Maryland [US], Aug 22 (ANI): New artificial intelligence blood testing technology developed by researchers at the Johns Hopkins Kimmel Cancer Center has detected over 90% of lung cancers in samples from nearly 800 people with and without cancer .
The testing approach, called DELFI (Evaluation of DNA Fragments for Early Interception), detects unique patterns in the fragmentation of DNA released by cancer cells circulating in the blood. By applying this technology to blood samples taken from 796 people in Denmark, the Netherlands and the United States, the researchers found that the DELFI approach accurately distinguished patients with and without lung cancer. These results will be published in the August issue of the journal Nature Communications.
By combining the test with the analysis of clinical risk factors, a protein biomarker, and followed by CT imaging, DELFI detected 94% of cancer patients at all stages and subtypes. This included 91 percent of patients with earlier or less invasive stage I / II cancers and 96 percent of patients with more advanced stage III / IV cancers.
Lung cancer is the most common cause of cancer death, claiming nearly 2 million deaths worldwide each year. However, less than 6% of Americans at risk for lung cancer undergo recommended low-dose CT scans, despite projections that tens of thousands of deaths could be prevented, and even fewer are screened globally, explains the lead author of the study Victor E. Velculescu. , MD, PhD, professor of oncology and co-director of the Cancer Genetics and Epigenetics Program at Johns Hopkins Kimmel Cancer Center.
This is due to a variety of reasons, including concerns about potential harm from investigating false positive imaging results, radiation exposure, or concerns about complications from invasive procedures.
âIt is clear that there is an urgent and unmet clinical need for the development of alternative, non-invasive approaches to improve cancer screening in high-risk individuals and ultimately the general population,â says lead author Dimitrios Mathios, postdoctoral researcher at the Johns Hopkins Kimmel Cancer Center. “We believe that a blood test, or ‘liquid biopsy’, for lung cancer could be a good way to improve screening efforts because it would be easy to do, widely accessible and cost effective.” DELFI technology uses a blood test to indirectly measure how DNA is packaged inside a cell’s nucleus by studying the size and amount of cell-free DNA present in circulation from different regions of the genome . Healthy cells pack DNA like a well-organized suitcase, in which different regions of the genome are neatly placed in various compartments.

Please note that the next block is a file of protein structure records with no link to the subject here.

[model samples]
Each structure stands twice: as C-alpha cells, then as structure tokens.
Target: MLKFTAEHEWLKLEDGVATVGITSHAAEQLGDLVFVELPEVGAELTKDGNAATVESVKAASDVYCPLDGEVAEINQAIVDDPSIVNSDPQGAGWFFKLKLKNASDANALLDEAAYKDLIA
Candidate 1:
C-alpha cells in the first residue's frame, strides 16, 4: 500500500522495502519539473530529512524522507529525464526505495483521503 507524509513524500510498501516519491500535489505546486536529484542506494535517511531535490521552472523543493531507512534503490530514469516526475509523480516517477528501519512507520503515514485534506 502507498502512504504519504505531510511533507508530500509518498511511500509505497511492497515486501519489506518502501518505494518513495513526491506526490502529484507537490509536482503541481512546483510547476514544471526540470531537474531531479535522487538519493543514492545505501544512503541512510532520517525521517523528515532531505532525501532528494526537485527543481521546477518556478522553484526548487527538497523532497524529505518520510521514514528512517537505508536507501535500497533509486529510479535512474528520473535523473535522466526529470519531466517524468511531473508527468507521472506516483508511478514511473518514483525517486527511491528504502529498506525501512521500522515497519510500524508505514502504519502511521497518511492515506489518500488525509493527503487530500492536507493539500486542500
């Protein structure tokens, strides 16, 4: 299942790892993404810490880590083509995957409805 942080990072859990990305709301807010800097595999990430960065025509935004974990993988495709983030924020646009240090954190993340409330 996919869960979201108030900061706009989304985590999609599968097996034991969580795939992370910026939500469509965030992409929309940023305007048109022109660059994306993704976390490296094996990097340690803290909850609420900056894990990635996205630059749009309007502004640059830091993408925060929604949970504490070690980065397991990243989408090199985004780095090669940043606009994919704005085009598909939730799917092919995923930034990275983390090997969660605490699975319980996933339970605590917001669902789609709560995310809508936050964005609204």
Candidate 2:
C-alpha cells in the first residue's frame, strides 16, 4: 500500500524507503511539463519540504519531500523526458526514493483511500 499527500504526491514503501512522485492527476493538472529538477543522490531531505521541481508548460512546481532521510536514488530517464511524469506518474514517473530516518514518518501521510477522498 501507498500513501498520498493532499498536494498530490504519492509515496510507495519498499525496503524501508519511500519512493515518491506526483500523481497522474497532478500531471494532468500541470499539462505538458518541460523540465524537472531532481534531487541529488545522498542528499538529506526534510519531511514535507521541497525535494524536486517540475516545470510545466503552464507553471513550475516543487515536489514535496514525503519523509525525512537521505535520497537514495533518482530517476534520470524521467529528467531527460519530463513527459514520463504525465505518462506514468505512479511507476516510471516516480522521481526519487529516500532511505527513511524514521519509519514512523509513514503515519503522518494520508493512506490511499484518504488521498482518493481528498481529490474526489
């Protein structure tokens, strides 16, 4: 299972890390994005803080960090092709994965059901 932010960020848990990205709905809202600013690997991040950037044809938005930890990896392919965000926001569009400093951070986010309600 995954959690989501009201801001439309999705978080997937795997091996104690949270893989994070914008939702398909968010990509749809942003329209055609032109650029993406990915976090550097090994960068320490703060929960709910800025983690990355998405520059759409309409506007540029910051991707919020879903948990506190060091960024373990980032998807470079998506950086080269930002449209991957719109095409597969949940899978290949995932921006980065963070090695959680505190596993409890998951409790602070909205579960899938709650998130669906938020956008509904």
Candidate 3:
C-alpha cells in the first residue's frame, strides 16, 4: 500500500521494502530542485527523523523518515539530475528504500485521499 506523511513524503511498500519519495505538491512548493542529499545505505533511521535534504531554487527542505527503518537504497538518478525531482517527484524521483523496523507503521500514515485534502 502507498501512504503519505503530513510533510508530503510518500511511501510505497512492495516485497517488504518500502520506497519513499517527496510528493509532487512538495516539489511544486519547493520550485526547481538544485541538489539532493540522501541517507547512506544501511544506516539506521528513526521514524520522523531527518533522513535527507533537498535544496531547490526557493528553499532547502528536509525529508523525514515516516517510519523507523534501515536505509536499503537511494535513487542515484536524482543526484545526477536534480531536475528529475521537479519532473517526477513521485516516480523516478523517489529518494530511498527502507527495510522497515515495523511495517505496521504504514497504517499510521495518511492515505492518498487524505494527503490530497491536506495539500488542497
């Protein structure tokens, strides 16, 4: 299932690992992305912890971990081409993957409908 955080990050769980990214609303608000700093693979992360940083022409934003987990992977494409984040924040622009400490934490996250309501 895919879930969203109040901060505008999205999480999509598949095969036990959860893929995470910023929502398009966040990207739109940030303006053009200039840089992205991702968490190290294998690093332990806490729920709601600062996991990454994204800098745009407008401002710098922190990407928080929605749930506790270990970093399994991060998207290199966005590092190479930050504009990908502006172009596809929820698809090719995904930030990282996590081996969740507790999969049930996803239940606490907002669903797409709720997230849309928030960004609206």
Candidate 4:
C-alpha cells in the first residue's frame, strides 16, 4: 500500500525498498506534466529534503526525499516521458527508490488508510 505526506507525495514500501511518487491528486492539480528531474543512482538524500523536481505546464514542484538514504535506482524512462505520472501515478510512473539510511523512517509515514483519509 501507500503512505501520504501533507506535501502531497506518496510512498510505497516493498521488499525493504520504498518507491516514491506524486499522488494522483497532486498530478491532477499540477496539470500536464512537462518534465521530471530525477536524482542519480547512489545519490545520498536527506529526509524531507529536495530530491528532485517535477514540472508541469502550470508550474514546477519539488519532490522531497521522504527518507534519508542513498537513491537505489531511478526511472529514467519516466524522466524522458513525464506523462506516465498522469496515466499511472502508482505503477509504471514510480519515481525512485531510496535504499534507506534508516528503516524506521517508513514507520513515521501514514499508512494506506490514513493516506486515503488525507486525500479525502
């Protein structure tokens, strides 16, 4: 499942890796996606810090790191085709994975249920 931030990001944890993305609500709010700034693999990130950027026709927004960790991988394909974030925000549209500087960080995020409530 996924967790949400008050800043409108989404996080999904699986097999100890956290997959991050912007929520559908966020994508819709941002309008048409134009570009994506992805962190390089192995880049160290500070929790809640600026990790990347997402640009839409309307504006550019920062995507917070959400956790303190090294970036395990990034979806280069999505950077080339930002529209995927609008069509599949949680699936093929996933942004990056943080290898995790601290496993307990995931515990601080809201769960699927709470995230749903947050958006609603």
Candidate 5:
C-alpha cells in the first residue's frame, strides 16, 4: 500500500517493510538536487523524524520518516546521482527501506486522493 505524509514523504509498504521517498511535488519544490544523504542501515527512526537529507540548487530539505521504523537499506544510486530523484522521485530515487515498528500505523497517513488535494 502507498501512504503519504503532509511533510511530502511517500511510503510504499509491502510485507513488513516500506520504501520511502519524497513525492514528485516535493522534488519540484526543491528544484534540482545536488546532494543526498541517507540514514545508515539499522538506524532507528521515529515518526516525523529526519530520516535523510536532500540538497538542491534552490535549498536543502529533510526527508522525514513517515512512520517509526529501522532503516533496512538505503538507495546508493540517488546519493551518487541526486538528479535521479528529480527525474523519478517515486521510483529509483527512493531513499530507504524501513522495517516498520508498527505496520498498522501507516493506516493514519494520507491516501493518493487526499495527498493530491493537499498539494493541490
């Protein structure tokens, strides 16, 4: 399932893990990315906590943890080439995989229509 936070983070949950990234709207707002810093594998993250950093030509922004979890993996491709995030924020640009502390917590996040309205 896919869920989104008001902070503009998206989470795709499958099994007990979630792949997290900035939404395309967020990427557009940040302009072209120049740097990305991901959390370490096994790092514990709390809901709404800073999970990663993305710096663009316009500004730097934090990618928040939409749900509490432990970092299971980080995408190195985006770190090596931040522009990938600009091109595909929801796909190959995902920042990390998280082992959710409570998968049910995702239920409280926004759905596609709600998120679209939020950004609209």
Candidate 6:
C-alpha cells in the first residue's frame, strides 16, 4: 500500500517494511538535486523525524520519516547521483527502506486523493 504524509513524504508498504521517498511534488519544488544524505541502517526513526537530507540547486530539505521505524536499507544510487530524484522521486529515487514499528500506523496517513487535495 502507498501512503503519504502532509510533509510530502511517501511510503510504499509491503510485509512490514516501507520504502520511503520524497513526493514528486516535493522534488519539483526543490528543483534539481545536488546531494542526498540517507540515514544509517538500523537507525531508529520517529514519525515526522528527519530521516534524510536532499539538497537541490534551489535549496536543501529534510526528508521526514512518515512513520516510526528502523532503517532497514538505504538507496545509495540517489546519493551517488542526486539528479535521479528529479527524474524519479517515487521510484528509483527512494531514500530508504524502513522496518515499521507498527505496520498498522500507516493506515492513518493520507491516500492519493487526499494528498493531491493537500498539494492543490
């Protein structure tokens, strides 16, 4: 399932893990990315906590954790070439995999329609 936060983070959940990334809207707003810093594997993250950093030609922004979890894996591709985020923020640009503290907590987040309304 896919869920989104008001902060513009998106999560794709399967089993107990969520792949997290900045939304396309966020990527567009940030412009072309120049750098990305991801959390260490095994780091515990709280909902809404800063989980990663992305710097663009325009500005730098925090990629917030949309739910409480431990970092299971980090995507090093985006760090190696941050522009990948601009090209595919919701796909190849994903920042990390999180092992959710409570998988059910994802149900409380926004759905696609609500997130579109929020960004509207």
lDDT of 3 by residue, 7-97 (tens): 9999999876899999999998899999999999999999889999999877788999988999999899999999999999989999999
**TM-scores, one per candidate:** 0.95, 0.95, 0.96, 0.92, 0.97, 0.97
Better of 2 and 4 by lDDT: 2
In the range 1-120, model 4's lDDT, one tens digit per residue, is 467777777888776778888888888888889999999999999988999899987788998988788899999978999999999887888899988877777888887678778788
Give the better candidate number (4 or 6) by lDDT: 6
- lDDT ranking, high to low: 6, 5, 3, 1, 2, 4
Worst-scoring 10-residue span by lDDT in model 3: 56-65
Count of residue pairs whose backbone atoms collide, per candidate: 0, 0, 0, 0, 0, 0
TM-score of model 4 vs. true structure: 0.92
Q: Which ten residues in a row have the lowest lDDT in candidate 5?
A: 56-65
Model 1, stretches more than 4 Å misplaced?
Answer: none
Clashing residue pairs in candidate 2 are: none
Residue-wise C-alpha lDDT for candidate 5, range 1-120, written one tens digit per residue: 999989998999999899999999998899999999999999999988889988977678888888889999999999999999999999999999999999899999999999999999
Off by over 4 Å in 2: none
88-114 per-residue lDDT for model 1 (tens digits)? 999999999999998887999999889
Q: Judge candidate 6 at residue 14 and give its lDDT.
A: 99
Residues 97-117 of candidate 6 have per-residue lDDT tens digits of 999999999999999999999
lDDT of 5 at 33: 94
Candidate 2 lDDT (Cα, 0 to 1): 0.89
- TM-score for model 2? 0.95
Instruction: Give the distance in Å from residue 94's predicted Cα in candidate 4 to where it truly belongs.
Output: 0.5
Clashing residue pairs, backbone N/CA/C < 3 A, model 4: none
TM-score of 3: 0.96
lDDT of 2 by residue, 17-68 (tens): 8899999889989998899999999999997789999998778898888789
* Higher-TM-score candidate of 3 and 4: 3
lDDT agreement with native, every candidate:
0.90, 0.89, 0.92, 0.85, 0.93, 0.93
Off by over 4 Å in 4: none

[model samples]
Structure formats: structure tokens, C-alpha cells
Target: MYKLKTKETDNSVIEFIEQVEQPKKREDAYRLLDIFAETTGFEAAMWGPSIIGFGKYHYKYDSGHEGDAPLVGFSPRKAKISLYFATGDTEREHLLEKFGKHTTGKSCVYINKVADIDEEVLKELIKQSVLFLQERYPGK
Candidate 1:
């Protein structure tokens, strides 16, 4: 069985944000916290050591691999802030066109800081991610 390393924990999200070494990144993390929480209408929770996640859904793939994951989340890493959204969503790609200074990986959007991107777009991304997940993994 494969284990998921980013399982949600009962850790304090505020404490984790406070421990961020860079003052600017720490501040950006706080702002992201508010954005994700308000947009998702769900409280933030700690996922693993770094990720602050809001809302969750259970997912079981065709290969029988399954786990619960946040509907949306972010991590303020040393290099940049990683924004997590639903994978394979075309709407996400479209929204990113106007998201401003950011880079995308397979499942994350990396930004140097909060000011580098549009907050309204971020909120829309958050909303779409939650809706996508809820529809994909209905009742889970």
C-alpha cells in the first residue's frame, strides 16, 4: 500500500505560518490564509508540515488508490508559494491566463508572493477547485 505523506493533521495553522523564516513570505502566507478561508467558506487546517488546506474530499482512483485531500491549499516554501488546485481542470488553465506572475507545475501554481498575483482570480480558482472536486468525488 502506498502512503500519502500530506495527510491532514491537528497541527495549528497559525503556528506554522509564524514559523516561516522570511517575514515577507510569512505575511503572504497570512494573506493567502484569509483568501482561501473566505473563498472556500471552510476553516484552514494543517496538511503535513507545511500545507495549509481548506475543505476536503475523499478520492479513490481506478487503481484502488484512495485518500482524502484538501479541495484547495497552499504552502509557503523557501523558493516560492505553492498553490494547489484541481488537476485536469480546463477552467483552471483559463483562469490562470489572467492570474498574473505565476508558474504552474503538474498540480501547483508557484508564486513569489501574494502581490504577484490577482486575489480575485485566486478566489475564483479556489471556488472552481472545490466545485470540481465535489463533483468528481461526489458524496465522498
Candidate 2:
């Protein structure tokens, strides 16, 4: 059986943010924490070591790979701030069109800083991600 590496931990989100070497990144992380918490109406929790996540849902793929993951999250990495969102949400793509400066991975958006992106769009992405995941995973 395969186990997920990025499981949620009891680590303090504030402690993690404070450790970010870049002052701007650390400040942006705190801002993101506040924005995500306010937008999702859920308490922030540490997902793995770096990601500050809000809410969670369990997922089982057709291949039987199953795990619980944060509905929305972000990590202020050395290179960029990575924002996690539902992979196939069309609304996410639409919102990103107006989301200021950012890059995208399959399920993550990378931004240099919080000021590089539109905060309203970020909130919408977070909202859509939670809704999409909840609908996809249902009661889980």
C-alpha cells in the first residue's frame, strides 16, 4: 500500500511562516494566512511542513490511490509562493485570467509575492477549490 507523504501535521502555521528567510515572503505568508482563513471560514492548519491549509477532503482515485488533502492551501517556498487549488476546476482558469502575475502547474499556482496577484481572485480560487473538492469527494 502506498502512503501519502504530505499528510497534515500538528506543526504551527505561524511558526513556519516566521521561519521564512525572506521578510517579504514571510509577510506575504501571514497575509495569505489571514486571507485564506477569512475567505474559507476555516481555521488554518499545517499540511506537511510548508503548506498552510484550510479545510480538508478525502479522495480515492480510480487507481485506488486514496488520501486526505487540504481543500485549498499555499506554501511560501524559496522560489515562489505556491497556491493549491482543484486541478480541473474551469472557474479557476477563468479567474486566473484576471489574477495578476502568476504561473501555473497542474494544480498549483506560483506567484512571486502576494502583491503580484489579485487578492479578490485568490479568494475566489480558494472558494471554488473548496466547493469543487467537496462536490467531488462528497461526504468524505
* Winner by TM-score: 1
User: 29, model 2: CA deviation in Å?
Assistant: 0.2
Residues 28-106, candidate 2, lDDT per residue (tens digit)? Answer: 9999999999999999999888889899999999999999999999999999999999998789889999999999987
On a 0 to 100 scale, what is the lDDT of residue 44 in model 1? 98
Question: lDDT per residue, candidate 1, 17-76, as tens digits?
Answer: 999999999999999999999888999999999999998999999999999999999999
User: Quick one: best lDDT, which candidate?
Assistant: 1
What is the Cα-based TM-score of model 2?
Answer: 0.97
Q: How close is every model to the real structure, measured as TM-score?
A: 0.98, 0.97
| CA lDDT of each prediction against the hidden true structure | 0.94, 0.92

The nuclei of cancer cells, on the other hand, are like more disorganized suitcases, with pieces of the entire genome thrown at random. When cancer cells die, they release DNA chaotically into the bloodstream. DELFI helps identify the presence of cancer using machine learning, a type of artificial intelligence, to examine millions of cell-free DNA fragments for abnormal patterns, including size and amount of DNA in different genomic regions.
This approach provides a view of the cell-free DNA called a “fragmentome”. The DELFI approach requires only low-coverage sequencing of the genome, which allows this technology to be cost-effective in a screening setting, according to the researchers.
For the study, researchers at Johns Hopkins, working with researchers in Denmark and the Netherlands, first performed genome sequencing of cell-free DNA in blood samples from 365 people participating in a Danish study. age seven called LUCAS. The majority of participants were at high risk for lung cancer and had smoking-related symptoms such as cough or difficulty breathing.
The DELFI approach revealed that patients who were later determined to have cancer had a wide variation in their fragmentome profiles, while patients who were found to have no cancer had a large variation in their fragmentome profiles. consistent fragmentome profiles. Subsequently, the researchers validated the DELFI technology using a different population of 385 people without cancer and 46 people with cancer. Overall, the approach has detected over 90 percent of lung cancer patients, including those in early and advanced stages, and with different subtypes.
“DNA fragmentation models provide a remarkable fingerprint for the early detection of cancer which we believe could be the basis of a widely available liquid biopsy test for lung cancer patients,” the author Rob Scharpf, PhD, associate professor of oncology at the Johns Hopkins Kimmel Cancer Center.
A one-of-a-kind national clinical trial called DELFI-L101, sponsored by Johns Hopkins University spin-off company Delfi Diagnostics, evaluates a test based on DELFI technology in 1,700 participants in the United States, including participants in good health, people with lung cancers and people with other cancers. The group wishes to deepen the study of DELFI in other types of cancer.
Other scientists who contributed to the work include Stephen Cristiano, Jamie E. Medina, Jillian Phallen, Daniel Bruhm, Noushin Niknafs, Leonardo Ferreira, Vilmos Adleff, Jia Yuee Ciao, Alessandro Leal, Michael Noe, James White, Adith S. Arun , Carolyn Hruban, Akshaya V. Annapragada, Patrick M. Forde, Valsamo Anagnostou, and Julie R. Brahmer of Johns Hopkins.
The other authors came from the Herlev and Gentofte hospital and the Bispebjerg hospital in Copenhagen; Aarhus University Hospital in Aarhus, Denmark; Herning Regional Hospital in Herning, Denmark; the Dutch Cancer Institute in Amsterdam; Delfi Diagnostics; and Hvidovre Hospital in Hvidovre, Denmark. (ANI)